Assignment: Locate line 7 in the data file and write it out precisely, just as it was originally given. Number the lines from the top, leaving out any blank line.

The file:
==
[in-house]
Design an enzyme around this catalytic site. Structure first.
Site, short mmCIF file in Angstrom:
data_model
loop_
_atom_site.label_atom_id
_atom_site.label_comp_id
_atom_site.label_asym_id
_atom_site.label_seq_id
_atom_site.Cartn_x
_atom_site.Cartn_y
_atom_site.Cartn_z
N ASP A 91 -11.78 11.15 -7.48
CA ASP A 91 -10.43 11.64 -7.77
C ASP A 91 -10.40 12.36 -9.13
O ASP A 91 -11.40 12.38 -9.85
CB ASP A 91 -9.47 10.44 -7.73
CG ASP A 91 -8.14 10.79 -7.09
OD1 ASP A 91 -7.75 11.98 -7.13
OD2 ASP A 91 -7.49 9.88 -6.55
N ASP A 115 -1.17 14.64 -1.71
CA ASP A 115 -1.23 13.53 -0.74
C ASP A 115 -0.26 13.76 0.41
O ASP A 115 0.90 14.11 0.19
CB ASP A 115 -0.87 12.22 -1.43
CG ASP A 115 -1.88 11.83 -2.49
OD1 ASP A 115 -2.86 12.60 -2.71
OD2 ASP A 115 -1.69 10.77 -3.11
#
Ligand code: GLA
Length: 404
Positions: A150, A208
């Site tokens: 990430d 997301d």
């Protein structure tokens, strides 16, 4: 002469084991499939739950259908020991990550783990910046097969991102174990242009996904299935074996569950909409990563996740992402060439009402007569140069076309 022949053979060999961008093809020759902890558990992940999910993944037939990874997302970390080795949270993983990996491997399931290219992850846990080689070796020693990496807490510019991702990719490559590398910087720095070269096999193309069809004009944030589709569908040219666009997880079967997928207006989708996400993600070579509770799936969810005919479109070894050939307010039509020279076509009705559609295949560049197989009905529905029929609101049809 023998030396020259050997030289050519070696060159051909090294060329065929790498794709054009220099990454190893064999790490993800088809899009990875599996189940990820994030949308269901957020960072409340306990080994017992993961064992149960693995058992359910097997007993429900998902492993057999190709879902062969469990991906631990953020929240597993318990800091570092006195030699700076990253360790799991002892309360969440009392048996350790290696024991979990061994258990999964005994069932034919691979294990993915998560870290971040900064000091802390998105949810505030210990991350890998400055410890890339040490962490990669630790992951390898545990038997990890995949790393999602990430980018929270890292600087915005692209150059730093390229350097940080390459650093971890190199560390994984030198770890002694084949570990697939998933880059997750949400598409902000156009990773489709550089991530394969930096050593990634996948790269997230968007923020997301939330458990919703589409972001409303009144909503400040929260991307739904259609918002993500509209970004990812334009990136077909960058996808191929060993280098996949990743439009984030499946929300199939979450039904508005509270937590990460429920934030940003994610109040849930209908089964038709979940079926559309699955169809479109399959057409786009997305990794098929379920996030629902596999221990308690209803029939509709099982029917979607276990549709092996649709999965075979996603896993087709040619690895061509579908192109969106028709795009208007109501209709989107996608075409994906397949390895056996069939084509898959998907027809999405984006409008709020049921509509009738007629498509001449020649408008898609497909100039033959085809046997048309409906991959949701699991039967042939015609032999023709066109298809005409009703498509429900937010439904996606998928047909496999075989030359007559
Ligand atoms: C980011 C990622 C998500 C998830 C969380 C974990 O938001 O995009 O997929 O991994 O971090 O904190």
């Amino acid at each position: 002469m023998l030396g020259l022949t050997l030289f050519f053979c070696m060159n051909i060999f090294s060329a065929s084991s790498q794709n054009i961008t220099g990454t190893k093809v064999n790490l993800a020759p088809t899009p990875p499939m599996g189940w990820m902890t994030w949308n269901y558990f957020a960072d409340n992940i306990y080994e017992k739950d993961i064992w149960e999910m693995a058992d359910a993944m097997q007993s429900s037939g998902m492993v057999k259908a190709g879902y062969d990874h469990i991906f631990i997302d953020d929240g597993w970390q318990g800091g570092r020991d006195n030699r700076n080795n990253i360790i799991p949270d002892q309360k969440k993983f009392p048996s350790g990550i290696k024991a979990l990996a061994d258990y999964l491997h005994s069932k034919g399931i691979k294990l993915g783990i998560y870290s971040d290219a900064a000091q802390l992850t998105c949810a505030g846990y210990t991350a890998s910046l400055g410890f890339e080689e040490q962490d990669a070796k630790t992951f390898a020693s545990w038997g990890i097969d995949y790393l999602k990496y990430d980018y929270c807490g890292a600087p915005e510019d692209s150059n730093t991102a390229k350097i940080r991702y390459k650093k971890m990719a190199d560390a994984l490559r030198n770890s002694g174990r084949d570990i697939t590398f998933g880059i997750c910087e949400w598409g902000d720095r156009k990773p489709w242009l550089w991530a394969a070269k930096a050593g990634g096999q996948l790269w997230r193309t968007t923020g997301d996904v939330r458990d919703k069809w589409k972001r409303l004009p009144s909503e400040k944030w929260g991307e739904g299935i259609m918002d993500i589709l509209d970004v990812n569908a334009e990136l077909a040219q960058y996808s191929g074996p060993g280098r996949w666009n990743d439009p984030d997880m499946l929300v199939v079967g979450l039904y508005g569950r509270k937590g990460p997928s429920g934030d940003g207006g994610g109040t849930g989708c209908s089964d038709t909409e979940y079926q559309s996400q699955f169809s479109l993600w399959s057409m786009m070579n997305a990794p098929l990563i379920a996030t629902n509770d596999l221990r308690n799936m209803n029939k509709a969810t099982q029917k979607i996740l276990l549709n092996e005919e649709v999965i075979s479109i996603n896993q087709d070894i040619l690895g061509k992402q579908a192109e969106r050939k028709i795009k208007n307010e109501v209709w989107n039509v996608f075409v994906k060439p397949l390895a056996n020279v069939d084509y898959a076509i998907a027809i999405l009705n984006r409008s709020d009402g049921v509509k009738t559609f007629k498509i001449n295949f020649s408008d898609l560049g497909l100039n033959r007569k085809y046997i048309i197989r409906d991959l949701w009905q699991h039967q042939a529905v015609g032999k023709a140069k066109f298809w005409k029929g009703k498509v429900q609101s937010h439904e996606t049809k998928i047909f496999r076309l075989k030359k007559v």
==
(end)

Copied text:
_atom_site.label_comp_id